Case Summary: Monster Energy v. Mixi

22 September 2017

At heart, this dispute concerned trademark rights connected with “MONSTER”, a common word in the English language.


“MONSTER STRIKE” was Mixi’s most popular mobile game. On June 23, 2014, Mixi applied to register “MONSTER STRIKE” in Singapore under Class 9 (for various goods which can broadly be described as computer and mobile game software, and related accessories and hardware) as well as Class 41 (for a variety of services, including the service of providing video games through various media).


Monster Energy (ME), an industry leader in the energy drinks field, opposed the trademark application. In so doing, it placed key reliance on the plain word mark “MONSTER ENERGY”, registered in Class 9 for protective gear (specifically: clothing, footwear, headwear, and eyewear). ME did not have any relevant registration in Class 41. The grounds of opposition were: Section 8(2)(b), 8(4)(b)(i), 8(4)(b)(ii)(A), 8(4)(b)(ii)(B), and 8(7)(a) of the Trade Marks Act (Cap. 332, 2005 Rev Ed.) (TMA).


Under Section 8(2)(b) TMA, ME had to establish three elements in sequence: (1) that the competing marks are similar; (2) that the respective goods/services are identical or similar; and (3) that there exists a likelihood of confusion. ME’s case on marks similarity hinged on the contention that “MONSTER” is the distinctive and dominant portion of the competing marks. However, this argument was rejected by the hearing officer, who considered that “MONSTER” should not be given additional weight in the assessment. In the result, the marks were found to be more dissimilar than similar, having regard to the second word in each mark (ENERGY and STRIKE respectively) which would serve to distinguish the marks. Since element (1) could not be established, the opposition under Section 8(2)(b) TMA failed. Further and in any event, under element (2) the hearing officer considered the respective goods/services to be substantially dissimilar.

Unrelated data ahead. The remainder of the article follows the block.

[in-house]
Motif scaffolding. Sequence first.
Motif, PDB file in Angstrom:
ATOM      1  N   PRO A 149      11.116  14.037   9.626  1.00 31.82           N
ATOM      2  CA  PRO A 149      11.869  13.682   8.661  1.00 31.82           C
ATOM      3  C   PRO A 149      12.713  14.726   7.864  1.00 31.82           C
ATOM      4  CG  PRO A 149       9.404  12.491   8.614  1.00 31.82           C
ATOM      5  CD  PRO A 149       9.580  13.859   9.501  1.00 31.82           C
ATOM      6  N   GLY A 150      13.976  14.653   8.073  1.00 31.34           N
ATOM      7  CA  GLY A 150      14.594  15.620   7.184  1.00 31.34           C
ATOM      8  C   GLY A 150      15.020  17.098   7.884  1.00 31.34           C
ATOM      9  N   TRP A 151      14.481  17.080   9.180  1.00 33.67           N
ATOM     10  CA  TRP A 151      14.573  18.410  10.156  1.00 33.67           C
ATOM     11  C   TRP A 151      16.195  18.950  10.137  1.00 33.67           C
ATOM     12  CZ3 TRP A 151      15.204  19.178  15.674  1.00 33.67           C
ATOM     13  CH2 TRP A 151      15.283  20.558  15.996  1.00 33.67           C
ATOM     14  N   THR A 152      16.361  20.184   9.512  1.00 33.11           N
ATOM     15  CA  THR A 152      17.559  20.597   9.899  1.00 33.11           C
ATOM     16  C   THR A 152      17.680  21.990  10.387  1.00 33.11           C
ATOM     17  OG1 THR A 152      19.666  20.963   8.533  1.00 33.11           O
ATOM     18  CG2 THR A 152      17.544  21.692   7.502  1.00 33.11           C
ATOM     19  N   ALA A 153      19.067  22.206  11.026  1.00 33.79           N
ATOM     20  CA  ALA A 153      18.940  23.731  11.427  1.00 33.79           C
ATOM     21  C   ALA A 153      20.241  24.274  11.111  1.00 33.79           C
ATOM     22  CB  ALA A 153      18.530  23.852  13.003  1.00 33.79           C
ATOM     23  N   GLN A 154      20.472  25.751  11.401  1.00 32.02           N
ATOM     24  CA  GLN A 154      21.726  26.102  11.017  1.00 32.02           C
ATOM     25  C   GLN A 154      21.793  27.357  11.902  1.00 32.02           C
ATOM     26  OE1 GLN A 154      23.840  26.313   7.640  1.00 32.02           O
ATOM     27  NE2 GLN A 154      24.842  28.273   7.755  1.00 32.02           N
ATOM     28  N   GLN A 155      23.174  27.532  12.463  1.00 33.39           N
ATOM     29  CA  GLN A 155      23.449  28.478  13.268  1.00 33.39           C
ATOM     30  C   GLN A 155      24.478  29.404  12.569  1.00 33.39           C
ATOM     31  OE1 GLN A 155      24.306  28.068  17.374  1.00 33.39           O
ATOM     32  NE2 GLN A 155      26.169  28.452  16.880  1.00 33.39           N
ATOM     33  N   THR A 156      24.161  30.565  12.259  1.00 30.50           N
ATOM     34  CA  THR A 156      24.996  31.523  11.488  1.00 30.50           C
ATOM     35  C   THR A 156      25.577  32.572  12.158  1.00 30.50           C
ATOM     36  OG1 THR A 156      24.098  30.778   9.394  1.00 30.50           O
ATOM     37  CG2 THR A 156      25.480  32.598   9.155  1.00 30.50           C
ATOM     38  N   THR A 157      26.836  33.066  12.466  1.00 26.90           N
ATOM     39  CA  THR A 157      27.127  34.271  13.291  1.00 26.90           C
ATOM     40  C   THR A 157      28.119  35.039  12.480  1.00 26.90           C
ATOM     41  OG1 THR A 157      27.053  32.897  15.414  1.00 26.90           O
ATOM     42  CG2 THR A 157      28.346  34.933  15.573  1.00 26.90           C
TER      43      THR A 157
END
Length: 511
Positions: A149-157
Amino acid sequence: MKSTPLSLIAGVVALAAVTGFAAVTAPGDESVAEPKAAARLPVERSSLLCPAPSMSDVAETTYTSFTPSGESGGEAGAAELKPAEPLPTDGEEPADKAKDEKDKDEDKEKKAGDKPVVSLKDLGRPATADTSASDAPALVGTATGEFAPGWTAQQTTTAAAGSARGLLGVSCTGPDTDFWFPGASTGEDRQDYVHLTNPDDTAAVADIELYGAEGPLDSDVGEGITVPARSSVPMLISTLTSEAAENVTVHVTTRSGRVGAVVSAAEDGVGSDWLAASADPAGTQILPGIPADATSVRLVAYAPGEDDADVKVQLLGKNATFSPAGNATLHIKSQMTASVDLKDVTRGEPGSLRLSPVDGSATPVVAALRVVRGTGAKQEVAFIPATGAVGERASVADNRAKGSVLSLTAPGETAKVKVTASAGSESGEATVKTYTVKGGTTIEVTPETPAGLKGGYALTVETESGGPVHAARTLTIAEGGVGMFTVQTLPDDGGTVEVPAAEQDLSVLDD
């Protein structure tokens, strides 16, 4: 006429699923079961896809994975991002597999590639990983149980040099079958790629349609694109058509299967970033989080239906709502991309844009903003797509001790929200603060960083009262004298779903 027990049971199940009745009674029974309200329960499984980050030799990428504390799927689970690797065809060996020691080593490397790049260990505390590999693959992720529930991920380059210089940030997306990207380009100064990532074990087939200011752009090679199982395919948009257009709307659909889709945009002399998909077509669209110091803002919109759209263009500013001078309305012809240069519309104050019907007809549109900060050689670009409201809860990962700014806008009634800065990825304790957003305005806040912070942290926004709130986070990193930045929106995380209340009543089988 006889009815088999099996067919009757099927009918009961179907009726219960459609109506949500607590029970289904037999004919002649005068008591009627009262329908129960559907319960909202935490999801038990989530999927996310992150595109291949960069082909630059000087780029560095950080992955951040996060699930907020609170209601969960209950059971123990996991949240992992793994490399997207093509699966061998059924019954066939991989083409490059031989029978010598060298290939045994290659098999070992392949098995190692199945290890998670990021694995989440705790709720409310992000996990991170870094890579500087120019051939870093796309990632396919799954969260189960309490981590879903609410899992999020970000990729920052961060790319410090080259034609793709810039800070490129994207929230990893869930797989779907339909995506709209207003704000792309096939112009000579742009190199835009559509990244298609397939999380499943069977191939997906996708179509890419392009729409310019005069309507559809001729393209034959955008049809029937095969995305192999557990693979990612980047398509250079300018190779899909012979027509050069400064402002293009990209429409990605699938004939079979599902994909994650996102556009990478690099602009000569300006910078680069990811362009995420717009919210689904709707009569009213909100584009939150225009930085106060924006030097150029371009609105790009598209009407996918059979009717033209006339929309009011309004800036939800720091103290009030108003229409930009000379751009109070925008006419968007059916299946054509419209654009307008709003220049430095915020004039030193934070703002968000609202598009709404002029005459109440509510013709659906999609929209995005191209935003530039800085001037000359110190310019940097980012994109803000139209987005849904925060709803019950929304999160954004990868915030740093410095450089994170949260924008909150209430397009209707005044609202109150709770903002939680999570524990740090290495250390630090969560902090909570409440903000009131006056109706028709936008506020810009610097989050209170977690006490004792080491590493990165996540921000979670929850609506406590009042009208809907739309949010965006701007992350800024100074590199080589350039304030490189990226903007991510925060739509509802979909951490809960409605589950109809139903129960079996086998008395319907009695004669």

Two elements are common to the three sub-grounds of opposition within Section 8(4) TMA (namely, Section 8(4)(b)(i); 8(4)(b)(ii)(A); and 8(4)(b)(ii)(B)). First, the competing marks must be similar; and second, the earlier trade mark must be shown to be well known in Singapore. If either or both of these elements cannot be established, the opposition under all three sub-grounds within Section 8(4) TMA will fail. Here, ME’s case was that “MONSTER ENERGY” was not only well known but also well known to the public at large in Singapore as at the relevant date of June 23, 2014. However, the hearing officer was unable to accept this submission on the evidence. Central to the hearing officer’s conclusion was his finding that the bulk of ME’s evidence showed that it had marketed and sold its energy drinks not by reference to the plain word mark “MONSTER ENERGY” but rather under the following trademarks:



Image result for monster energy trademark










and/or










In any case, the finding that “MONSTER ENERGY” is more dissimilar than similar to “MONSTER STRIKE” meant that the opposition under the three sub-grounds of Section 8(4) TMA would have failed as well.


As regards the passing off ground of opposition under Section 8(7)(a), ME once again relied on the trademark “MONSTER ENERGY”. Here, three elements had to be established: (1) goodwill; (2) misrepresentation; and (3) damage. The hearing officer had no difficulty accepting that ME enjoyed goodwill in Singapore having regard to the fact that it had sold its energy drinks to consumers in Singapore since 2012 (i.e. prior to the relevant date of June 23, 2014). However, the hearing officer was not persuaded that there would be misrepresentation on account of the fact that the plain word mark “MONSTER ENERGY” could not be said to be distinctive of ME, and having regard also to the dissimilarity between the marks and the parties’ fields of business. The element of damage could also not be established.


Ultimately, the opposition failed on all grounds.


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